Shaded Relief of North America -- This map layer shows the shaded relief throughout North America. The image data included in this map layer is a portrayal of the terrain and is intended for visual purposes only.

Significant and Historic Earthquakes -- This map layer shows the locations and attributes of significant, historic earthquakes in the U.S. and in adjacent Canada and Mexico between the years of 1568 - 1996 . Many of the earthquakes contained within this layer caused deaths, property damage, geological effects, or were otherwise experienced by populations in the 48 conterminous United States, Alaska, Hawaii, Puerto Rico, and U.S. Virgin Islands.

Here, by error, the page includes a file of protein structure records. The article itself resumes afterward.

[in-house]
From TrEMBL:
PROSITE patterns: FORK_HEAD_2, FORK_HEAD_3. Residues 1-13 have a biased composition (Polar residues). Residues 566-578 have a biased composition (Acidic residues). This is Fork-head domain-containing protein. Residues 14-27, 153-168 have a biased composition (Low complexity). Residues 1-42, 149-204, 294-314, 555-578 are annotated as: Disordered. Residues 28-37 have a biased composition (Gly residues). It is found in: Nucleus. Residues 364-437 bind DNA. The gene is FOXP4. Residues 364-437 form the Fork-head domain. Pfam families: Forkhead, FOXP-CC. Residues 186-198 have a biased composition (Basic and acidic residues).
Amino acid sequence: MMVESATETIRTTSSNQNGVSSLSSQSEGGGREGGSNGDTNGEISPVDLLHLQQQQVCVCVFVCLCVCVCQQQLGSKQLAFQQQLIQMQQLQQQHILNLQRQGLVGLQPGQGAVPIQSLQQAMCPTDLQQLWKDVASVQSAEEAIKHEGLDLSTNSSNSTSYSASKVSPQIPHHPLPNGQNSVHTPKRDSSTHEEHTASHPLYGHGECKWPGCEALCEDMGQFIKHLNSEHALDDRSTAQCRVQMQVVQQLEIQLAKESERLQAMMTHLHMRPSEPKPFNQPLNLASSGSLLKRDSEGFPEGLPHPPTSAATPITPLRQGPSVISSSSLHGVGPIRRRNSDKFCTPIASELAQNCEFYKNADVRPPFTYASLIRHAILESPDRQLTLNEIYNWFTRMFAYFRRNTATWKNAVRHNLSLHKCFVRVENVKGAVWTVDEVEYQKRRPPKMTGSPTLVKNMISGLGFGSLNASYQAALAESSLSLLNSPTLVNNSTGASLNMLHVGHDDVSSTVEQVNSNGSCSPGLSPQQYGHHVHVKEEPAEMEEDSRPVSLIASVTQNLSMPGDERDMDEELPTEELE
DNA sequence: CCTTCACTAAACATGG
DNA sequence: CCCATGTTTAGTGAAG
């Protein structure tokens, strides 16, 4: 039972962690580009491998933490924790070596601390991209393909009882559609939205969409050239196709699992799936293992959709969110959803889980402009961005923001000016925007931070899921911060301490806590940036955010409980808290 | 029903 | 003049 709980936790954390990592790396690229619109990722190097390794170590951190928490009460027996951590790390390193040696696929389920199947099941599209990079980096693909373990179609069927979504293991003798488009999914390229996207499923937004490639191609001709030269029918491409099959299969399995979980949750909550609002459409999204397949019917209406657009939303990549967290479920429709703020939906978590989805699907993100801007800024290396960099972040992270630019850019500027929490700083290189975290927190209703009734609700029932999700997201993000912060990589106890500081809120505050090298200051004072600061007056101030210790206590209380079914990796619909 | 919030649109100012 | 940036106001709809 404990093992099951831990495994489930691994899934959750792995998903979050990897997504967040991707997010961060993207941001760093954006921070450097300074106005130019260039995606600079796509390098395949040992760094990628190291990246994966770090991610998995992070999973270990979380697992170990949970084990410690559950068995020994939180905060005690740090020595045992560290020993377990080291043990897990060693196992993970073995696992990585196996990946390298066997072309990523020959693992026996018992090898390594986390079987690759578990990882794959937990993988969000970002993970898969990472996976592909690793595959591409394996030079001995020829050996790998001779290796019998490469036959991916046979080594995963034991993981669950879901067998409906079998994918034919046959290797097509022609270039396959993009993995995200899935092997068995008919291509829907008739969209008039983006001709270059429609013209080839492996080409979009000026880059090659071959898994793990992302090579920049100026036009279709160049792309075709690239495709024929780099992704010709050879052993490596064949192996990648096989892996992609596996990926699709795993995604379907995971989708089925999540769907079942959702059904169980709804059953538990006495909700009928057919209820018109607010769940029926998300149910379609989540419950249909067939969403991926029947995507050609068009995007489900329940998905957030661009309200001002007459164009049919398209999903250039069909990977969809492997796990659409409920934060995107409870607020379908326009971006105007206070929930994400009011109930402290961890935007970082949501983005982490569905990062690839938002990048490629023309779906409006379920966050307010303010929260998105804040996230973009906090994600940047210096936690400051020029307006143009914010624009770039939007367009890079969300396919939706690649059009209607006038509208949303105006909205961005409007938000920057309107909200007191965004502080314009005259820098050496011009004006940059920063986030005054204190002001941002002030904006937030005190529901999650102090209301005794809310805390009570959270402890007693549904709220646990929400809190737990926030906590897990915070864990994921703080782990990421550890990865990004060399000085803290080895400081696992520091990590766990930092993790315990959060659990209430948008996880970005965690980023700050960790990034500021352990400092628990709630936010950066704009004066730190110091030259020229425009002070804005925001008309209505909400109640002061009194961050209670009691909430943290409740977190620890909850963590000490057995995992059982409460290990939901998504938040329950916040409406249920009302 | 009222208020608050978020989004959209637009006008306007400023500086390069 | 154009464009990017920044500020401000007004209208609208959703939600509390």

The Significant Earthquakes map layer was compiled by the U.S. Geological Survey and extracted in early 1997 from the online data archive of National Earthquake Information Center.

States -- This map layer portrays the state boundaries of the United States. It was compiled by the U.S. Geological Survey.

Streams and Waterbodies -- This map layer portrays the streams and waterbodies of the United States that can be represented at a map scale of 1:2,000,000 (one inch on a map at that scale would equal about 31.6 miles on the land surface). Some small streams, ponds, lakes, and reservoirs cannot be portrayed at this scale. We have associated names to all stream segments and water bodies for which official geographic names were available. The Streams and Waterbodies map layer was compiled by the U.S. Geological Survey from a variety of sources.